We have the #1 state in the Union. Yes we have problems like less good
education than we would like. So we should go to liberal ideas and be like
I've attended caucus meetings. I've sat there as loudmouthed
extremists mobilized and emboldened by FreedomWorks browbeat their fellow
citizens while biased party officials selectively applied rules of order.
I've watched in dismay while, thanks to the lopsided caucus turnout and the
tactics employed, delegates were selected whose views were unrepresentative of
our precinct. We invited delegates individually to our home, discussed the
candidates and the issues, and pled with each to use his convention vote to
represent the will of the precinct voters, to no avail. The candidate favored by
the majority in our precinct and throughout the state was eliminated at
convention.Afterwards I visited a meeting where FreedomWorks gloated
over their success and discussed tactics for repeating it at the next caucus.
Thankfully, they were thwarted by higher turnout. But caucus meetings scale
poorly. Our precinct meeting's planned room seated 25, but we had well over
100; we wasted five hours of people's time and ended after midnight.
Bleary-eyed parents, elderly people, and everyone else endured it because single
party dominance without primaries meant this was their only voice in
government.Does that sound like a working system?
Haven't read all the comments yet...but has anyone mentioned how it is even
Constitutional for the State to direct how a political party chooses to select
its representative to the general election? Seems to me there used to be
language in the State code trying to direct how parties pick their choices, but
it was stripped out as unconstitutional. I haven't heard any discussion
along those lines yet.
Prodicus,Have you attended caucus meetings? Have you talked with
the delegates? Just exactly why do you think that the caucus system is
broken?How would an uninformed electorate do a better job at
"vetting" canadates than a delegate who is duty bound to do the will of
those he represents in his precinct?Who would you have on the ballot
who would not be there if he was "vetted" by hundreds of delegates who
carefully looked at him? Would you want the person who had been bought by
special interest groups to be on the ballot? Would you want the person who had
been "approved" by the Republican Party to be on the ballot? OR, would
you want the person who best represented the voice of the people to be on the
ballot?Your plan would put the person who was obligated to do the
will of special interest groups on the ballot. Those who pay the piper get to
choose the tune. Your plan has nothing to do with a "democratic
republic". It reverses power from the people to the government.
Re: "Those who like the status quo, take heed. The majority of Utah is not
on your side, & you know it!"We know no such thing!What we know is "buy my vote" is an attempted coup by the moneyed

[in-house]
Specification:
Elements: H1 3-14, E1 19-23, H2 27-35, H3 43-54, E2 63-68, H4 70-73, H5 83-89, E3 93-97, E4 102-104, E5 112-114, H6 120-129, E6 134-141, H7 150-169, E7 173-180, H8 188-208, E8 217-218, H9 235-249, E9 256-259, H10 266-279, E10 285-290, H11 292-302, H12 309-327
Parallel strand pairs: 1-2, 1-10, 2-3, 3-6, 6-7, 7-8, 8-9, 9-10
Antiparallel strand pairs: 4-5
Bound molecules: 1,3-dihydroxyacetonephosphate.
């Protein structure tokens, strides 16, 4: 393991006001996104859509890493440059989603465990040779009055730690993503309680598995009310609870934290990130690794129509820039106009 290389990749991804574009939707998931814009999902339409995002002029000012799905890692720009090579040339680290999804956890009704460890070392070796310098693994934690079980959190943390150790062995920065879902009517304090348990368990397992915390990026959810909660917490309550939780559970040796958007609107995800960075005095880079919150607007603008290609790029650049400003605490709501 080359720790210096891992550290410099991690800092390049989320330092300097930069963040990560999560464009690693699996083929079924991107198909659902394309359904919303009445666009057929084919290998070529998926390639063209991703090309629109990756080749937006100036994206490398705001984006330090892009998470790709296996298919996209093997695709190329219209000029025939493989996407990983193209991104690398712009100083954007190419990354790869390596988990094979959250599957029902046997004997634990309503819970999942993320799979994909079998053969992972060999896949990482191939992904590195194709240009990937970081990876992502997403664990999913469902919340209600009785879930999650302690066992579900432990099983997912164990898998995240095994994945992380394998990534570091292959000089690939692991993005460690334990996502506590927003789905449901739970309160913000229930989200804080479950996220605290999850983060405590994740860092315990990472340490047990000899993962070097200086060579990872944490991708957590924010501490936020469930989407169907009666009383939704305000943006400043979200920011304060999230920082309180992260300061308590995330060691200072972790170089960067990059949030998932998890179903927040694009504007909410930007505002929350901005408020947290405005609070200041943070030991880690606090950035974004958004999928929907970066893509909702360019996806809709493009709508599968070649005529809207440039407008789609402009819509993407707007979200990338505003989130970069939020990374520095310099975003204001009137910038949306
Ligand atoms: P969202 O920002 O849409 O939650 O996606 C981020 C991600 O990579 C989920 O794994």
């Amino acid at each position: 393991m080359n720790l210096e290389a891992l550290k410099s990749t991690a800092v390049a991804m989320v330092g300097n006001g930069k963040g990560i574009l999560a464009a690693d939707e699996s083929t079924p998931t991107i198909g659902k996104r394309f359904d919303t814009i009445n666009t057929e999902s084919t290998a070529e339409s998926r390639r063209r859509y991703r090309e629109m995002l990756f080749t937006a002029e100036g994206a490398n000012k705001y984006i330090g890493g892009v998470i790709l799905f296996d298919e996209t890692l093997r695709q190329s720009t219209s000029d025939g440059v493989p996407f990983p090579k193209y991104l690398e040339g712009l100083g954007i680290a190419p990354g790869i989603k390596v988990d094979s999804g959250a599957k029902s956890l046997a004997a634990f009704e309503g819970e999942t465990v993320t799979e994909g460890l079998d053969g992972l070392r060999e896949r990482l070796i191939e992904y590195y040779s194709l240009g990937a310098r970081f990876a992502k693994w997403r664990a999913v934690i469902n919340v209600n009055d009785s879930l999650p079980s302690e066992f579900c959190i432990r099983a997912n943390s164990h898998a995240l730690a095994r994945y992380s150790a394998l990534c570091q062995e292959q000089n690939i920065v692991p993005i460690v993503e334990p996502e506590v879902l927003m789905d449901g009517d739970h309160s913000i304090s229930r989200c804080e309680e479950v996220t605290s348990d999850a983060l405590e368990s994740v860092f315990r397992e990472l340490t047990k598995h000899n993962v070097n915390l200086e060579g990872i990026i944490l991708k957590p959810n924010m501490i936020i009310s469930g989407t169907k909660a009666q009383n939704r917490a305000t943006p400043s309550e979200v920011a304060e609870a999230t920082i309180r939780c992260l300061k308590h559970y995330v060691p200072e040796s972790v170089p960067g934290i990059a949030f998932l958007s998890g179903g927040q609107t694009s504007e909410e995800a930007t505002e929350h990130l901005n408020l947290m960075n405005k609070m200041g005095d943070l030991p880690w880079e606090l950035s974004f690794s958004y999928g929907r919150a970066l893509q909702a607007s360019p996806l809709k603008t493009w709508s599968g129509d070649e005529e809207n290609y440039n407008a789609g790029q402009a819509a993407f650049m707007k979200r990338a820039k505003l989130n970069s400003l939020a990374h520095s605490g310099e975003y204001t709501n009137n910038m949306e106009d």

elite. They believe they should decide who we vote for, so they can control the
outcome.No real Utahn believes that's right.And you
Mike Richards, it's not Democrats saying we should do away with the caucus
system, and to say that the way you show you value the voice of the people in
politics is to exclude all but a handful of them from participating in actually
choosing their representatives is absurd.The people who want to
stick with the broken status quo keep repeating the idea that somehow regular
citizens are morons who are so suggestible that their opinions are just a
reflection of whatever advertisements pass their way, while convention delegates
are perfectly rational and magically immune to the influence of money. This is
tremendously laughable. What's easier to buy- the votes of a few dozen
delegates, whose identities and addresses are easily available to the
candidates, or the votes of a few hundred thousand citizens? When a member of my
family was a convention delegate, she was inundated with easily ten times the
political mail and phone calls she normally got.
Having lived most of my life in direct primary states I for one am all for
maintaining the Caucus system. Before I really had no say who became our
candidates. Now at least I have some say. I don't always get who I want
but at least I have had a say at the neighborhood level. I love the great
turnout we get at our meetings...always a packed rooms. Seems like most of our
neighbors are there. We get to have our say and to finally vote for who
represents us at the convention. We are just regular people selecting regular
people as delegates. I just don't understand it when people here post
about the elitist picking the candidates. The only time I have seen that is
when I lived in direct primary states.
When Democrats tell us that we should do away with the caucus system, then we
know that they fear the voice of the people in politics.When
well-moneyed former elected officials want to bypass the voice of the people in
the caucus, you know that they still have obligations to their
old-friend-funders.Lazy people want to do away with the caucus.
They can't be bothered to spend an evening to elect delegates, delegates
who will ignore the money thrown around by incumbants. They can't be
bothered to pick up the telephone to talk to a political "hopeful".